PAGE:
Despite these wins, Mukite was not at peace until he taught the Abanyala a lesson for harassing them on their way to Port Victoria.

Once they restored their glory, he created a third group of warriors known as the Bayoti. This group included women as well, and their role was to act as scouts and intelligence so that they could report on the enemy’s movements and position. This was key in stopping any potential surprise attacks and deceptive strategies from the enemy.

After Bamia warriors were defeated, they pulled back and regrouped with other warriors from the rest of the Teso tribe. With their numbers higher compared to those of Mukite, Opata, the leader of the Bamia tribe warned the Bukusu that he was going to attack in seven days and they should prepare for war.

Before the sixth day, the Bayoti were sent to poison the wells next to the battleground. The Bukusu knew these were the only sources of water the Bamia would use to quench their thirst in the heat of the battle. Only three wells were left for the Bukusu warriors to drink from during the battle.

They then smeared the remaining poison on their arrows in case some drank from the safe wells and continued fighting.

On the seventh day, Opata arrived with his massive army prepared for the fierce battle that was about to ensue. The Bukusu didn't use the first strategy to attack but instead, the spies reported on the route the enemies were to use, and then a small group of Bukusu warriors hid on top of a hill next to the route. As the enemies were matching by, the Bukusu warriors in hiding started launching poisoned arrows at them and anyone that got scratched by the arrows passed out almost instantly.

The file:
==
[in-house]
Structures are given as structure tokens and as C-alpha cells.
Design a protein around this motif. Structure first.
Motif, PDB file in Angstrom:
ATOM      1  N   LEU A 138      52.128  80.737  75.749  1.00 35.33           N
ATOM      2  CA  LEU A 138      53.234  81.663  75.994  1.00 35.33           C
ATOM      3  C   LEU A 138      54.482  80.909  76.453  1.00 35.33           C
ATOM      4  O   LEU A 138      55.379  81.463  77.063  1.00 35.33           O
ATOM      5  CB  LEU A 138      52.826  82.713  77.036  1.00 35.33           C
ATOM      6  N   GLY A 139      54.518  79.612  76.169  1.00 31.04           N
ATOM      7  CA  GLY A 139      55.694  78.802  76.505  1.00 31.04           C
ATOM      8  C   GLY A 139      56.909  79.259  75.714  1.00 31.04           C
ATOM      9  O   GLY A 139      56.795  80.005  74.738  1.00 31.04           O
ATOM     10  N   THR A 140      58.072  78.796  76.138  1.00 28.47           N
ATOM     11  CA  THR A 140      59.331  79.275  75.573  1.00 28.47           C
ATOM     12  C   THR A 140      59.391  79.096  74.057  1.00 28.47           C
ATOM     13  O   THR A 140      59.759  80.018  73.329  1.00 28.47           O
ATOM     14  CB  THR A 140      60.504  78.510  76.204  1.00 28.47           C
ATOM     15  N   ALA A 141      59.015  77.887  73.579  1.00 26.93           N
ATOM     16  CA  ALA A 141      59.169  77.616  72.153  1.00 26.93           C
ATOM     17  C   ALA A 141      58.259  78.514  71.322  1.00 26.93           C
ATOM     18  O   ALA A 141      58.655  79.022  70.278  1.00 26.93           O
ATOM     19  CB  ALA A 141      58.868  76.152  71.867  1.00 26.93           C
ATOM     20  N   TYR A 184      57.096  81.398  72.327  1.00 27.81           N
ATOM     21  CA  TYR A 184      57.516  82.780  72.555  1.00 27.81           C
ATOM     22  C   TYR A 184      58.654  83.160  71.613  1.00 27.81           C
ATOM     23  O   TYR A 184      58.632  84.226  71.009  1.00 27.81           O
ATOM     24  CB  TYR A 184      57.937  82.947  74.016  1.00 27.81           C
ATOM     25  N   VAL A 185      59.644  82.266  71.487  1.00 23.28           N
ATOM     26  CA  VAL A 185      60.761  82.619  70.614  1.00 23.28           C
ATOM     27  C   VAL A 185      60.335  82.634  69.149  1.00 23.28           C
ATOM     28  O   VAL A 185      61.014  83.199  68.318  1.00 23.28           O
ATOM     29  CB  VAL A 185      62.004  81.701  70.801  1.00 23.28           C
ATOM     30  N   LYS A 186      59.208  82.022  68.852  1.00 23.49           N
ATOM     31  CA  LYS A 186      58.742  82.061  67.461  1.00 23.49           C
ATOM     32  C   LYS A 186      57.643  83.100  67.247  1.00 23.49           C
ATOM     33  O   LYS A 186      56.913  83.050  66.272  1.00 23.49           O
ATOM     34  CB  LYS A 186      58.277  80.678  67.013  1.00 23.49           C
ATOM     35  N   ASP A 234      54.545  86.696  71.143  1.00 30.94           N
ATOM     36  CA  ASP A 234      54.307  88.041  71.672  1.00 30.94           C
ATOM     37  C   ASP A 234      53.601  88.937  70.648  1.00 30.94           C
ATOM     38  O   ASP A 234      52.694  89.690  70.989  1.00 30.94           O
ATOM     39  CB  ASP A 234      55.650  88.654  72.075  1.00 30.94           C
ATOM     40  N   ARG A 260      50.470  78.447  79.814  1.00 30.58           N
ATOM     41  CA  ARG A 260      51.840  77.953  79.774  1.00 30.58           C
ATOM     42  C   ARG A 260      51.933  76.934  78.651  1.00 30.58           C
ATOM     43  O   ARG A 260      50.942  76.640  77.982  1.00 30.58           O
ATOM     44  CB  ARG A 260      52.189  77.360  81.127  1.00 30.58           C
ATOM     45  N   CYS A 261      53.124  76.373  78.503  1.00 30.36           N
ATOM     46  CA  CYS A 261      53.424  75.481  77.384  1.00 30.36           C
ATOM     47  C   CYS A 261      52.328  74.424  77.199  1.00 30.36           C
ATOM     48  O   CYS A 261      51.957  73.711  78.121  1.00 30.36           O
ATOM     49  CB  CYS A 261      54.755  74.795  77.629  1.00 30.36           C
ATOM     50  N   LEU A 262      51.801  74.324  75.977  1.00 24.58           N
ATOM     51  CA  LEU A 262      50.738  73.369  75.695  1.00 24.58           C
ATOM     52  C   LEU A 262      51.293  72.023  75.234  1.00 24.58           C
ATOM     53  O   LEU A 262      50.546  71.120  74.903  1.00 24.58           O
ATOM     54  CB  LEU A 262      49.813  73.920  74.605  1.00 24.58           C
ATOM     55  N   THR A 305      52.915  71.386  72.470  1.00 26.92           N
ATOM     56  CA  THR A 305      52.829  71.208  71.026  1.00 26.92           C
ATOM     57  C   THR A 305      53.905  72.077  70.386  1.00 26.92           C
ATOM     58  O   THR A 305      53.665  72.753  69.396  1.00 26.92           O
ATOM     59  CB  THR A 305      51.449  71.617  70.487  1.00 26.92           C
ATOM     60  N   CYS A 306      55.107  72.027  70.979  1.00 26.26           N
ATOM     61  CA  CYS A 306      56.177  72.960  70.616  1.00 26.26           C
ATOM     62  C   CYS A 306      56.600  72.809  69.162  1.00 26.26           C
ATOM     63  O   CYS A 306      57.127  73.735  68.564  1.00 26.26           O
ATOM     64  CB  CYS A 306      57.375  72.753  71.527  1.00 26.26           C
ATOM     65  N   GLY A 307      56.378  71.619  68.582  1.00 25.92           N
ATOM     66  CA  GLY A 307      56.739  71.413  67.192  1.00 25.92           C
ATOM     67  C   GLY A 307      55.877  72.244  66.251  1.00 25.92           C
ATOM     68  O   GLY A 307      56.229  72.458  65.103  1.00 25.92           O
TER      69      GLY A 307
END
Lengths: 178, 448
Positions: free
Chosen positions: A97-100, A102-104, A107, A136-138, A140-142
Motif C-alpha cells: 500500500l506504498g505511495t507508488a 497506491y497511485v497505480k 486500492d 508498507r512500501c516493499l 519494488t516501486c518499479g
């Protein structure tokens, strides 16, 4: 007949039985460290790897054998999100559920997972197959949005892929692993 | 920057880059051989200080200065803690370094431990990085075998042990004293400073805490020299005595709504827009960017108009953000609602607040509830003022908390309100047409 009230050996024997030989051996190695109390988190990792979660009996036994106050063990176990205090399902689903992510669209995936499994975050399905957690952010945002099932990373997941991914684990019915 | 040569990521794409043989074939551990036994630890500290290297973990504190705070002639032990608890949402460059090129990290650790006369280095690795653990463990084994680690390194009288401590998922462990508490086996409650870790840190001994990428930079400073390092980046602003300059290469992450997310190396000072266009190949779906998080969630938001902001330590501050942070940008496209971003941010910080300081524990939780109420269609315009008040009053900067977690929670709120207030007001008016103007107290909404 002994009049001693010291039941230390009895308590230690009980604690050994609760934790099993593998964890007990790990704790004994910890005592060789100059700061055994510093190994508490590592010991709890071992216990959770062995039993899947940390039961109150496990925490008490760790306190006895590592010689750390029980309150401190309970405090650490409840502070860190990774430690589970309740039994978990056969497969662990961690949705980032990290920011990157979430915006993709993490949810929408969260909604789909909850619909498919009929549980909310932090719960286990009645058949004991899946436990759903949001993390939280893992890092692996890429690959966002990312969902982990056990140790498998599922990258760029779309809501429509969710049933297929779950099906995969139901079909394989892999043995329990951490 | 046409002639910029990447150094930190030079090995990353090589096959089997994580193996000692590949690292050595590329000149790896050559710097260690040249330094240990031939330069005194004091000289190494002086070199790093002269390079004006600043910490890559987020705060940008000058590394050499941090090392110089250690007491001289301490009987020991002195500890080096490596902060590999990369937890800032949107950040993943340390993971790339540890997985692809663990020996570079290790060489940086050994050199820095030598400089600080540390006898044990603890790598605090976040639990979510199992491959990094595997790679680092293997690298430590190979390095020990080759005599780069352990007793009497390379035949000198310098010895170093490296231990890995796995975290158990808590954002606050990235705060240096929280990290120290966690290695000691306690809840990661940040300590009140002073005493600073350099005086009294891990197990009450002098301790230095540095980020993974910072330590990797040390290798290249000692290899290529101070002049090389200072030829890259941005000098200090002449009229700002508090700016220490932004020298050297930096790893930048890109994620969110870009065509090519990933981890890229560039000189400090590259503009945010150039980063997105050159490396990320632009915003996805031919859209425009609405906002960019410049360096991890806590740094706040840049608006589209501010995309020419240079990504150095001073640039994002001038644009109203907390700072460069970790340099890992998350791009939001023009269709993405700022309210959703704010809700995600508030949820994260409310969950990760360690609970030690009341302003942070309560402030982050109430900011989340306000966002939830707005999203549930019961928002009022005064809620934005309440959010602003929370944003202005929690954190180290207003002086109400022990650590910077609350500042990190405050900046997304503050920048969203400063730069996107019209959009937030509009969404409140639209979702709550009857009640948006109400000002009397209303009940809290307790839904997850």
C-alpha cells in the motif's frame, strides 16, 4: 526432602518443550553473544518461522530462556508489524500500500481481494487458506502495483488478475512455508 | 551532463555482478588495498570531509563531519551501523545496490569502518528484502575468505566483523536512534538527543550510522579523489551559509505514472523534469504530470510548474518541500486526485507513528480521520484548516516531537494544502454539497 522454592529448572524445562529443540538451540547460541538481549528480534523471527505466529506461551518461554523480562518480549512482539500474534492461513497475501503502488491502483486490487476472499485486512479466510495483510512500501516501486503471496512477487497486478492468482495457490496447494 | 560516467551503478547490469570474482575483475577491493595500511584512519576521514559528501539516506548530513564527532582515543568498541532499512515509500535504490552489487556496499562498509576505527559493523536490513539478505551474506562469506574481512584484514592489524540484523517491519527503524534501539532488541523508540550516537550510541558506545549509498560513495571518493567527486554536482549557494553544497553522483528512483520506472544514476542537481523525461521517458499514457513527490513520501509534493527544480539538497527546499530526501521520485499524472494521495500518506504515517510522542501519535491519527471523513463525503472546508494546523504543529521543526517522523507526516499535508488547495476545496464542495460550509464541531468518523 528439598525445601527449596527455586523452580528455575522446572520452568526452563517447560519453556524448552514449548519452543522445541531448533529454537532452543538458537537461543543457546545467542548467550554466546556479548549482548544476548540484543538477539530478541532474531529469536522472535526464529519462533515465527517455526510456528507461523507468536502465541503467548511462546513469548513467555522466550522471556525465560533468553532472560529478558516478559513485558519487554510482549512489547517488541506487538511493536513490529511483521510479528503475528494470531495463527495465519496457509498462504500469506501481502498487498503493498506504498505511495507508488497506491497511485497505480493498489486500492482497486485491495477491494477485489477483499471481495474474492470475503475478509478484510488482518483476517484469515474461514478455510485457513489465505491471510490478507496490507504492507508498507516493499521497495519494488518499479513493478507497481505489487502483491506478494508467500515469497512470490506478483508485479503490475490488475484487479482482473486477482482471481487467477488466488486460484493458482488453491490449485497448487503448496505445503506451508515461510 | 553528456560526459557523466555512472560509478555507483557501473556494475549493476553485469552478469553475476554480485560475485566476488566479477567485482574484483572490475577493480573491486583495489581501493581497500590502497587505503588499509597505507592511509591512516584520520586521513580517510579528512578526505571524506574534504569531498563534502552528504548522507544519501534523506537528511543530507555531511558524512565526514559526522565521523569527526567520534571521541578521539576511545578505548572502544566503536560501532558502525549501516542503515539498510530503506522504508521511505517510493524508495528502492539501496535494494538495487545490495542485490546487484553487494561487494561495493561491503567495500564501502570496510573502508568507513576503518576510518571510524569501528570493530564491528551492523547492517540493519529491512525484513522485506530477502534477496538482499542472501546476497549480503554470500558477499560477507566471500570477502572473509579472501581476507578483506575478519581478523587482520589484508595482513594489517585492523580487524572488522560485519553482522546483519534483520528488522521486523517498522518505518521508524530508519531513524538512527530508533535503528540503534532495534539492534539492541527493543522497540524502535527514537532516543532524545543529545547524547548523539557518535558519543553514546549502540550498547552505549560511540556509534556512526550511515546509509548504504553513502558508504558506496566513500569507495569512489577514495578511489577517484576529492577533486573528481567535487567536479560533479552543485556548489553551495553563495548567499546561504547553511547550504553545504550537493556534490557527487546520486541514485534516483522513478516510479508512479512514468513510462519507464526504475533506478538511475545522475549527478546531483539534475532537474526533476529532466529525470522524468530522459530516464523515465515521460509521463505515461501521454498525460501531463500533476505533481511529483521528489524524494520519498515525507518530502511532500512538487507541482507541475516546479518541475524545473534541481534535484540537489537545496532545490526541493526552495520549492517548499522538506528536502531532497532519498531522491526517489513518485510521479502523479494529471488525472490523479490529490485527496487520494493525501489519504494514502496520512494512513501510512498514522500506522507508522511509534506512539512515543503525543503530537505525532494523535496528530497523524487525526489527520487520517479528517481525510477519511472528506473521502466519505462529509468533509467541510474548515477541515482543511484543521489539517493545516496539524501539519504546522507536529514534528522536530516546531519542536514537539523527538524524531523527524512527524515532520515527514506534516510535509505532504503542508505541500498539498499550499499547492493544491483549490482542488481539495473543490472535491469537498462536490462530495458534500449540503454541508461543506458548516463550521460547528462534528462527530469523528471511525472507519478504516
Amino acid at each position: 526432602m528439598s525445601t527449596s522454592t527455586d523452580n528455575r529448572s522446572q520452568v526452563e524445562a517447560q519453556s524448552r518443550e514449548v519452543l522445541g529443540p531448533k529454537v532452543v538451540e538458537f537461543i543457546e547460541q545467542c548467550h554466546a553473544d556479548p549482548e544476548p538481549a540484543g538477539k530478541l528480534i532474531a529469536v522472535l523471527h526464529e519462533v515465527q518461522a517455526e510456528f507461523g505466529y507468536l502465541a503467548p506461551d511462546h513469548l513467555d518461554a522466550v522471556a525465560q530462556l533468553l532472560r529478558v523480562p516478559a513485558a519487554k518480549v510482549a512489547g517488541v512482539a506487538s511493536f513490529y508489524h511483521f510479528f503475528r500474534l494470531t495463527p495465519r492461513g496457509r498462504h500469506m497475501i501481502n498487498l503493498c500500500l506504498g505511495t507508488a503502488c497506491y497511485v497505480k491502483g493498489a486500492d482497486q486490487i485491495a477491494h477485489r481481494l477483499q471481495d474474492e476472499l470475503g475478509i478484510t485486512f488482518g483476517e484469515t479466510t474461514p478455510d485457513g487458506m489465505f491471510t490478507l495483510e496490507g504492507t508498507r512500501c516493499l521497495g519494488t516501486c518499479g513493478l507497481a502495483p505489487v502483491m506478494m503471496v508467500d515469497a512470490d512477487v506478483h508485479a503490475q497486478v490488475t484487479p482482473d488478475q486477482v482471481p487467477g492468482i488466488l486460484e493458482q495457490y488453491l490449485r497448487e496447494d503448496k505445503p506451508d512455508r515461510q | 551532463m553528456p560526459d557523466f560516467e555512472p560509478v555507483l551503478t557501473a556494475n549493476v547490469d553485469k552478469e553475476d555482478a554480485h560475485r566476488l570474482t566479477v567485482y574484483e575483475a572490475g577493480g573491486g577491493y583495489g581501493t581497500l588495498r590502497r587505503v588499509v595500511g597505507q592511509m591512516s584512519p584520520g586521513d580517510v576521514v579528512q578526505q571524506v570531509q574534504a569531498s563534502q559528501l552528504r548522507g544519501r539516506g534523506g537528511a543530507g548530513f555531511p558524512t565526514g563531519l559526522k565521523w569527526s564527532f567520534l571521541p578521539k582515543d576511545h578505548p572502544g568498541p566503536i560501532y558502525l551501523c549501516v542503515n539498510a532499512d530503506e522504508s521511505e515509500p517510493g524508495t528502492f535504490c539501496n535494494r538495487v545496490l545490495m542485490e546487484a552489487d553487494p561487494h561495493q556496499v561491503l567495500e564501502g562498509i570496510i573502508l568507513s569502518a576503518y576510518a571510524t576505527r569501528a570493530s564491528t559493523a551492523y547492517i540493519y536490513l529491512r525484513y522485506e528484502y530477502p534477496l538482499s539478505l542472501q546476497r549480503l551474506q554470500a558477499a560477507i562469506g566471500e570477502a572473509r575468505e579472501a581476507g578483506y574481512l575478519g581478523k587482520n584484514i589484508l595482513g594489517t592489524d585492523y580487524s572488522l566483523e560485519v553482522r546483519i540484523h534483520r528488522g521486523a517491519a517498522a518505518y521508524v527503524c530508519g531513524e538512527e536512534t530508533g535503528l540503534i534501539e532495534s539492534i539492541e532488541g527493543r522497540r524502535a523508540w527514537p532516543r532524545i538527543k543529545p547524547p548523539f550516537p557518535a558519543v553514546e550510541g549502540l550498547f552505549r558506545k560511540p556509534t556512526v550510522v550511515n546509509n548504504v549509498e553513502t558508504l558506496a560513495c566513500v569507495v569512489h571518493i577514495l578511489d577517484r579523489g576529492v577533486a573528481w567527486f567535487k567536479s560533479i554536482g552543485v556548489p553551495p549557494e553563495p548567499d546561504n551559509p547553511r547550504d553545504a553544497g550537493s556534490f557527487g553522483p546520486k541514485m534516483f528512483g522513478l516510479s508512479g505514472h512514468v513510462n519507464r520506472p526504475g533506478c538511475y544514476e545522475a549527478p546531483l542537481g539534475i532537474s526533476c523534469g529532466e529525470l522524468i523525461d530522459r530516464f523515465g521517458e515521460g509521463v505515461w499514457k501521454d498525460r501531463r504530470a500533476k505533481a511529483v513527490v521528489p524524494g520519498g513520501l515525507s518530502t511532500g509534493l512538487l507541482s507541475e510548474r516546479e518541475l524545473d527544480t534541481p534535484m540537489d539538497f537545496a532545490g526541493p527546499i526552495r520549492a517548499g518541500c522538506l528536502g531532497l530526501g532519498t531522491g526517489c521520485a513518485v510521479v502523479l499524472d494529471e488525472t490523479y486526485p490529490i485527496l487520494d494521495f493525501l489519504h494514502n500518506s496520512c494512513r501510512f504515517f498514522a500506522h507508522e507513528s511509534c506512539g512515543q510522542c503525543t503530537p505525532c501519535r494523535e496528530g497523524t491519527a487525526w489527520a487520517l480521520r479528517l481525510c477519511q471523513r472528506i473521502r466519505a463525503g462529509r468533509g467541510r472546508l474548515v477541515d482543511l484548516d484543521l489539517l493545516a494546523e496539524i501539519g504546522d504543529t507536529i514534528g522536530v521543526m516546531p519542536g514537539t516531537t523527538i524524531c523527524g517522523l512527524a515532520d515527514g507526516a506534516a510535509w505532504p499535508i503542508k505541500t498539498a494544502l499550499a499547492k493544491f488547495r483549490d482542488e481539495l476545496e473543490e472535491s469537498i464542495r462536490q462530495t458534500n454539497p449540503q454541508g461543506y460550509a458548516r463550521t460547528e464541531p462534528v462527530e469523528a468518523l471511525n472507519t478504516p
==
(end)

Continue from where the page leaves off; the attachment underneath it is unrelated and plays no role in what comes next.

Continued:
Before the huge crowd of Bamia warriors could understand what was taking place and protect themselves using their shields, they had already suffered hundreds of casualties.

The group of Bukusu archers then ran back to the battleground and waited alongside their fellow warriors. When the Bamia arrived, the Bukusu launched all their remaining arrows. Since the Barmia had learned from their mistake earlier, they shielded themselves accordingly, and only a few arrows managed to hit their targets.

After launching all their arrows, they put their bows down, took out their spears, and ran into the battleground, ready to face their enemies in a fight to the death. The war continued for hours, and when the warriors who were exhausted retreated to drink from the wells, many of them dropped dead on the spot.

The Bamia were defeated, marking the last time the tribe messed with the Bukusu backed by Mukite wa Nameme. After the war, the two tribes had an agreement and learned to respect the territorial integrity of the other.

To this day, Mukite wa Nameme’s bravery and skills that allowed him to unite the Bukusu tribesmen is a tale told with a lot of pride among the inhabitants of Western Kenya.

ADDITIONAL RESOURCES

The Bukusu of Kenya: Folktales, Culture and Social Identities (African Studies) (Carolina Academic Press African World)

The Legend of Mukite wa Nameme (The Bukusu Drumming Warrior) - Stories From KENYA